Capuchin monkeys are native to the Amazon basin
A search is under way after a South American monkey escaped from a wild animal park in Cumbria.
The small beige Capuchin went missing from his enclosure at the South Lakes Wild Animal Park in Dalton.
Staff from the centre, which is home to dozens of exotic animals, called in police to help in the search operation.
Capuchins are native to the Amazon basin, about 20ins (51cm) high and recognisable by a distinctive black or dark brown head with dark sideburns.
Karen Brewer from the zoo said it was unclear how the monkey had got out of its enclosure.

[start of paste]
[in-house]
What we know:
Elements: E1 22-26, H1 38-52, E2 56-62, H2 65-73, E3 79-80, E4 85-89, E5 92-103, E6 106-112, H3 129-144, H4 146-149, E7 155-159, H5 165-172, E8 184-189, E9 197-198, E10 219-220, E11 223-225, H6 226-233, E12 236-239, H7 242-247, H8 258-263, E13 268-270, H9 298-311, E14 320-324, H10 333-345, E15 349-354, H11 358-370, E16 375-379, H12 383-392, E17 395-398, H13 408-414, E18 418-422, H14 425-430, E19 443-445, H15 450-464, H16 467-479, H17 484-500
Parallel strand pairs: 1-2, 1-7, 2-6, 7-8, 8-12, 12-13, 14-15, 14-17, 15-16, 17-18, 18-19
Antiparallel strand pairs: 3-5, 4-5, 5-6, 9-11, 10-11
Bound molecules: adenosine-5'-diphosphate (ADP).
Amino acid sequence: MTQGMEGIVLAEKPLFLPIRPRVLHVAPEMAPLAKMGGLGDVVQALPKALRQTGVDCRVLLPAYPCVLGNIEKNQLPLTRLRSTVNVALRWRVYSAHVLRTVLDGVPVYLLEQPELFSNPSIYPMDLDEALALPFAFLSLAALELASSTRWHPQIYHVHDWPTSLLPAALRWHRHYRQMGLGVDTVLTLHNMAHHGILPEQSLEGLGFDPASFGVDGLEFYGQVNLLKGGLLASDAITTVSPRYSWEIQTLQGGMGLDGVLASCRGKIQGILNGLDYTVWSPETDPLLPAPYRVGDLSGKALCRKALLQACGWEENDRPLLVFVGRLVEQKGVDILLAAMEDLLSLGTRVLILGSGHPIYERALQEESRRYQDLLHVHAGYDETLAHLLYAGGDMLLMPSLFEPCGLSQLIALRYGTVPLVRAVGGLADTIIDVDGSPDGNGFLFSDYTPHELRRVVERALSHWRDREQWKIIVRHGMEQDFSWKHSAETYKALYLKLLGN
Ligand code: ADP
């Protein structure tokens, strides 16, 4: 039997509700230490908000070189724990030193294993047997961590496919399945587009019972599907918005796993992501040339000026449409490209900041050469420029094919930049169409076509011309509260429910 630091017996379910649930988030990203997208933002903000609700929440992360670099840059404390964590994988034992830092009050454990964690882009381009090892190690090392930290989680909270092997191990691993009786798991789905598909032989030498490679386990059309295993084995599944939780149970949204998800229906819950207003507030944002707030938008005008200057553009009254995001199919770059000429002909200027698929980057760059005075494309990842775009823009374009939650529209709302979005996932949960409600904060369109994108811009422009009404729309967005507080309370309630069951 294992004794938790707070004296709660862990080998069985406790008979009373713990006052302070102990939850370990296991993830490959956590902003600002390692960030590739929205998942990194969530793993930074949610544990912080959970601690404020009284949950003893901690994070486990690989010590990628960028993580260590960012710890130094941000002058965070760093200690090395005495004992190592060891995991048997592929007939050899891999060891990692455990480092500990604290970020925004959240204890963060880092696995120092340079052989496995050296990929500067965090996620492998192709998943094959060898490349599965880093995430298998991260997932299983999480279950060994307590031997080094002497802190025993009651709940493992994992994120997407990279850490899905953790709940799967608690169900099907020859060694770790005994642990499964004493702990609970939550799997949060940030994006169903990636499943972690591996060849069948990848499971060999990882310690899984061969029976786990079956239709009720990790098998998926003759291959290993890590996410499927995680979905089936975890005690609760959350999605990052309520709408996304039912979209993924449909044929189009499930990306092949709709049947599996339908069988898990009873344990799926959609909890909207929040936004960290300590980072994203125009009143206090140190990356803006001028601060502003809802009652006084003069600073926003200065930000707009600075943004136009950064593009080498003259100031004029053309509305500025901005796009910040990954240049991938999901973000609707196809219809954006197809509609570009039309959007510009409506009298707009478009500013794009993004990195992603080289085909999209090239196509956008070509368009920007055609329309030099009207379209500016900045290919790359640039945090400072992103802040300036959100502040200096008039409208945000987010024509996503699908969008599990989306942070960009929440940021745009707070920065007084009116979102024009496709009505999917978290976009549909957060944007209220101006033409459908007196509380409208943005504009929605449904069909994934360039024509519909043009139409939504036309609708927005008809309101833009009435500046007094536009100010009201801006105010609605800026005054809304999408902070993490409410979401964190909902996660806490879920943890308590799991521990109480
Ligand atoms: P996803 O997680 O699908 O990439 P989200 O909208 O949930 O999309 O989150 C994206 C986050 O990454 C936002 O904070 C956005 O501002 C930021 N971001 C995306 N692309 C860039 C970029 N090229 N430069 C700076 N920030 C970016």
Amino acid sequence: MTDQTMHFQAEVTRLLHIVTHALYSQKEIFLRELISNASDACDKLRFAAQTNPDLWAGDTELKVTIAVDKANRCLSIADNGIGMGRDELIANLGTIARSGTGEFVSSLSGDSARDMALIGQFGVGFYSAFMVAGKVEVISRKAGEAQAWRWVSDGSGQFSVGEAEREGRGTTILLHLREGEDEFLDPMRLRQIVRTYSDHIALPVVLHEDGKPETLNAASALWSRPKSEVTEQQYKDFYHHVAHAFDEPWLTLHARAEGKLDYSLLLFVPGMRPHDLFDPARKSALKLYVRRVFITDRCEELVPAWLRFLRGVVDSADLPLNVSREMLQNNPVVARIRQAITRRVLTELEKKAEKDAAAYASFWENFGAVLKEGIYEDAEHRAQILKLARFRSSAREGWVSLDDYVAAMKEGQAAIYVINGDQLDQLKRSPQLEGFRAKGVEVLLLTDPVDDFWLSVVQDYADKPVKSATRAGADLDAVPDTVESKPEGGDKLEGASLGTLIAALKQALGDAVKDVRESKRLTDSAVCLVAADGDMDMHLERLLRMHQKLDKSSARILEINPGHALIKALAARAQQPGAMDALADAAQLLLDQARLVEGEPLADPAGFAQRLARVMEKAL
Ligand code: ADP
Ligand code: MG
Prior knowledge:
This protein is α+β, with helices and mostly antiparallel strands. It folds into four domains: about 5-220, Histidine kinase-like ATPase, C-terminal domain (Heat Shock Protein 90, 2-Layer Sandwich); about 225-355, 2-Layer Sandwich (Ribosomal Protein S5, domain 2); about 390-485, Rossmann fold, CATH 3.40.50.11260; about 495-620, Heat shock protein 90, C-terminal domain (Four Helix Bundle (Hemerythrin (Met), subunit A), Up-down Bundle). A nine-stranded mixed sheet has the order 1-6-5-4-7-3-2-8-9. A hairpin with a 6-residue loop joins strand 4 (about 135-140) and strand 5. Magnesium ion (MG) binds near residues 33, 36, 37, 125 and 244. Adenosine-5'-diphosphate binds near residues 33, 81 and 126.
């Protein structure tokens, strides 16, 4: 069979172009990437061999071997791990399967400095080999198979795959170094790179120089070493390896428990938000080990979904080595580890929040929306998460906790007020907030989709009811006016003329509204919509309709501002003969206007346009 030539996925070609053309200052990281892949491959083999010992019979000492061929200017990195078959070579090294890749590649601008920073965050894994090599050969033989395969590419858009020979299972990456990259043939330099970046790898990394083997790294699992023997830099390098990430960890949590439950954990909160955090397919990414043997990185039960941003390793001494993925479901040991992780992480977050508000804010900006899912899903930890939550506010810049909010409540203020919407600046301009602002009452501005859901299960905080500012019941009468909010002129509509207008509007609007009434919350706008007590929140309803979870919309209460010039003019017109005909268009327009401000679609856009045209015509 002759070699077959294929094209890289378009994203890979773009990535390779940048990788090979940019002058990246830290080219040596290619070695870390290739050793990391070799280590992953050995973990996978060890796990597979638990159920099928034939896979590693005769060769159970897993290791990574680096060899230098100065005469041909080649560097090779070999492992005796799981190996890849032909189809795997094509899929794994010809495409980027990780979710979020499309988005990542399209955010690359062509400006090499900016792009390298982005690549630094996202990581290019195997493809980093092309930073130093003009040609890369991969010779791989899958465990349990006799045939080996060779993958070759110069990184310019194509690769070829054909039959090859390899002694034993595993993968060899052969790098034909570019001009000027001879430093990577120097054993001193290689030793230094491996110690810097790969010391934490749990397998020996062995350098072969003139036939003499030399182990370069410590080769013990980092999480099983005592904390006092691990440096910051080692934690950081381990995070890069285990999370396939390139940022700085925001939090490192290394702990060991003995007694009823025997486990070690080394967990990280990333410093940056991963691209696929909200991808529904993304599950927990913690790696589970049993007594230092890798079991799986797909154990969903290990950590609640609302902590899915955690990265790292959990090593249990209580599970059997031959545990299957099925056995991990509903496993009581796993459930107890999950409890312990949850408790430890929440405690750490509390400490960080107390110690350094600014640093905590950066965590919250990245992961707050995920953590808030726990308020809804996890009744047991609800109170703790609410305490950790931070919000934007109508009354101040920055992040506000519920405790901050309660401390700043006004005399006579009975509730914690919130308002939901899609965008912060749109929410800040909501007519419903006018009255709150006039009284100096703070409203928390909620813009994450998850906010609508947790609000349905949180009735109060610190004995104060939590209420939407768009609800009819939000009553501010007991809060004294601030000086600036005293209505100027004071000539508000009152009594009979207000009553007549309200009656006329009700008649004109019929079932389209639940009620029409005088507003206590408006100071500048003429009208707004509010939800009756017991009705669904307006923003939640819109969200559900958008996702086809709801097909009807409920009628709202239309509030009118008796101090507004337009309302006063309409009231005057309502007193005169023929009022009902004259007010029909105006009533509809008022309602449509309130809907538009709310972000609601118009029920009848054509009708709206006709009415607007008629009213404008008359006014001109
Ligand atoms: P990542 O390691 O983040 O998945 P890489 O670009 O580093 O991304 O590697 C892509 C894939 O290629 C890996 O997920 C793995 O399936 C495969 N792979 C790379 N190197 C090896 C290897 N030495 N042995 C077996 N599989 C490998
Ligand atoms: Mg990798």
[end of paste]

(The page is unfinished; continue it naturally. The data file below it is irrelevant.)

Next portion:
She added: "It's only a small monkey so it is not going to hurt anybody or anything like that.
"It will be really scared and just wanting to get back home.
"So we would appeal to anyone who comes across it to contact us or the police."
A Cumbria Police spokesman said: "If it is seen crossing the road it will obviously distract drivers and could cause crashes.
"Staff from the wildlife park are currently searching the area for the monkey and would like to stress that although it is not thought to be a danger to the public, it should not be approached."
Capuchin monkeys are tree-dwelling and known to use tools such as stones to crack open nuts, shellfish and crabs.
Their ability to be easily trained gave rise to their early exploitation as organ grinder monkeys.
They were named by explorers after their resemblance to an order of Catholic friars, the Order of Friars Minor Capuchin.